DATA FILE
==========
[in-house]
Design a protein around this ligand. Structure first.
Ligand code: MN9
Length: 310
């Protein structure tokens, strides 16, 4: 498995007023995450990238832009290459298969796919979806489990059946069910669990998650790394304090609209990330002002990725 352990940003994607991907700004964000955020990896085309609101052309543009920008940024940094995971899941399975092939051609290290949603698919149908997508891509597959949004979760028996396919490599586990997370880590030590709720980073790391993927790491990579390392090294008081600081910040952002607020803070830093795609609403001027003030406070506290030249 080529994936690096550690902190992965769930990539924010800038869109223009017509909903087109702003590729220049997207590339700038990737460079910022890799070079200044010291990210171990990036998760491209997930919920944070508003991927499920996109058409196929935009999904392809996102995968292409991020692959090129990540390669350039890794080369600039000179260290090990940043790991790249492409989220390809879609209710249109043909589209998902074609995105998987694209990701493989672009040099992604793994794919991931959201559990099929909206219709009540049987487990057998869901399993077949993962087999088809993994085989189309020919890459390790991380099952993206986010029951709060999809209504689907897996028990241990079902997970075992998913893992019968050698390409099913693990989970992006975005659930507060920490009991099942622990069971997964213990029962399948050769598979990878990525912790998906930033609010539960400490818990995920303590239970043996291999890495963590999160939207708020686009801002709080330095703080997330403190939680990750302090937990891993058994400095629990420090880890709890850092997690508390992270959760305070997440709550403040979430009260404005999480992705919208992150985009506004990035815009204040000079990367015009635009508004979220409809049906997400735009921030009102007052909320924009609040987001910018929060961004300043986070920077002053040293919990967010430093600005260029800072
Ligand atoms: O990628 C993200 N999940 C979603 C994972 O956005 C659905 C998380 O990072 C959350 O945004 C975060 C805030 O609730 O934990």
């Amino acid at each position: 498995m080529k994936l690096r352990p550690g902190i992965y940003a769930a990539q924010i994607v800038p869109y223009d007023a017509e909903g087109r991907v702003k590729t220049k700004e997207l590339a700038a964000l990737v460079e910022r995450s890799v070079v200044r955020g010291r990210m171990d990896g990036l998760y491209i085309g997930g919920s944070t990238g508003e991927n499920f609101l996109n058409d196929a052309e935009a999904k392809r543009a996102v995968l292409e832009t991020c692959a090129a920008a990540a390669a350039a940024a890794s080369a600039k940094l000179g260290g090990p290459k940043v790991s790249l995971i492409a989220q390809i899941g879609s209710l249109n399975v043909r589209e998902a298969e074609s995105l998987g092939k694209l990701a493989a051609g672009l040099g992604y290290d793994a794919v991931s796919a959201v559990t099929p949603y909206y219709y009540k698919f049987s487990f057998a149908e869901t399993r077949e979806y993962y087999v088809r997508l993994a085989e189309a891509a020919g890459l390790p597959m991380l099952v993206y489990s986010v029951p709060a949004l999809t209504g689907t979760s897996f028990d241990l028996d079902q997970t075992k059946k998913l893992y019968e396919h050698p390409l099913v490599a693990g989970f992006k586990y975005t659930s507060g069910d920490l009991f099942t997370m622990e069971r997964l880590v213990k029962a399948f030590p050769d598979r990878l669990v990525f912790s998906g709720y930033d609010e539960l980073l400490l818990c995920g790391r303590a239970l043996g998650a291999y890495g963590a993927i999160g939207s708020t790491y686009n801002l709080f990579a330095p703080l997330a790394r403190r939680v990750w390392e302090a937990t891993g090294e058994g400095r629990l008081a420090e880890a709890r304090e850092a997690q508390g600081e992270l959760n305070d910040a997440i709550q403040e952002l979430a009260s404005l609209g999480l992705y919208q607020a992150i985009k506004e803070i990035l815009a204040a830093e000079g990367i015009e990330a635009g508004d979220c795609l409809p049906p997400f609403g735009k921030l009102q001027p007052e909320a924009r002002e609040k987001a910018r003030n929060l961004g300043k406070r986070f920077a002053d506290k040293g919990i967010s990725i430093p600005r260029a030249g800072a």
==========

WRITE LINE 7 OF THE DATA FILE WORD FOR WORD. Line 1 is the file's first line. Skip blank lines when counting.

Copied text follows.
């Amino acid at each position: 498995m080529k994936l690096r352990p550690g902190i992965y940003a769930a990539q924010i994607v800038p869109y223009d007023a017509e909903g087109r991907v702003k590729t220049k700004e997207l590339a700038a964000l990737v460079e910022r995450s890799v070079v200044r955020g010291r990210m171990d990896g990036l998760y491209i085309g997930g919920s944070t990238g508003e991927n499920f609101l996109n058409d196929a052309e935009a999904k392809r543009a996102v995968l292409e832009t991020c692959a090129a920008a990540a390669a350039a940024a890794s080369a600039k940094l000179g260290g090990p290459k940043v790991s790249l995971i492409a989220q390809i899941g879609s209710l249109n399975v043909r589209e998902a298969e074609s995105l998987g092939k694209l990701a493989a051609g672009l040099g992604y290290d793994a794919v991931s796919a959201v559990t099929p949603y909206y219709y009540k698919f049987s487990f057998a149908e869901t399993r077949e979806y993962y087999v088809r997508l993994a085989e189309a891509a020919g890459l390790p597959m991380l099952v993206y489990s986010v029951p709060a949004l999809t209504g689907t979760s897996f028990d241990l028996d079902q997970t075992k059946k998913l893992y019968e396919h050698p390409l099913v490599a693990g989970f992006k586990y975005t659930s507060g069910d920490l009991f099942t997370m622990e069971r997964l880590v213990k029962a399948f030590p050769d598979r990878l669990v990525f912790s998906g709720y930033d609010e539960l980073l400490l818990c995920g790391r303590a239970l043996g998650a291999y890495g963590a993927i999160g939207s708020t790491y686009n801002l709080f990579a330095p703080l997330a790394r403190r939680v990750w390392e302090a937990t891993g090294e058994g400095r629990l008081a420090e880890a709890r304090e850092a997690q508390g600081e992270l959760n305070d910040a997440i709550q403040e952002l979430a009260s404005l609209g999480l992705y919208q607020a992150i985009k506004e803070i990035l815009a204040a830093e000079g990367i015009e990330a635009g508004d979220c795609l409809p049906p997400f609403g735009k921030l009102q001027p007052e909320a924009r002002e609040k987001a910018r003030n929060l961004g300043k406070r986070f920077a002053d506290k040293g919990i967010s990725i430093p600005r260029a030249g800072a």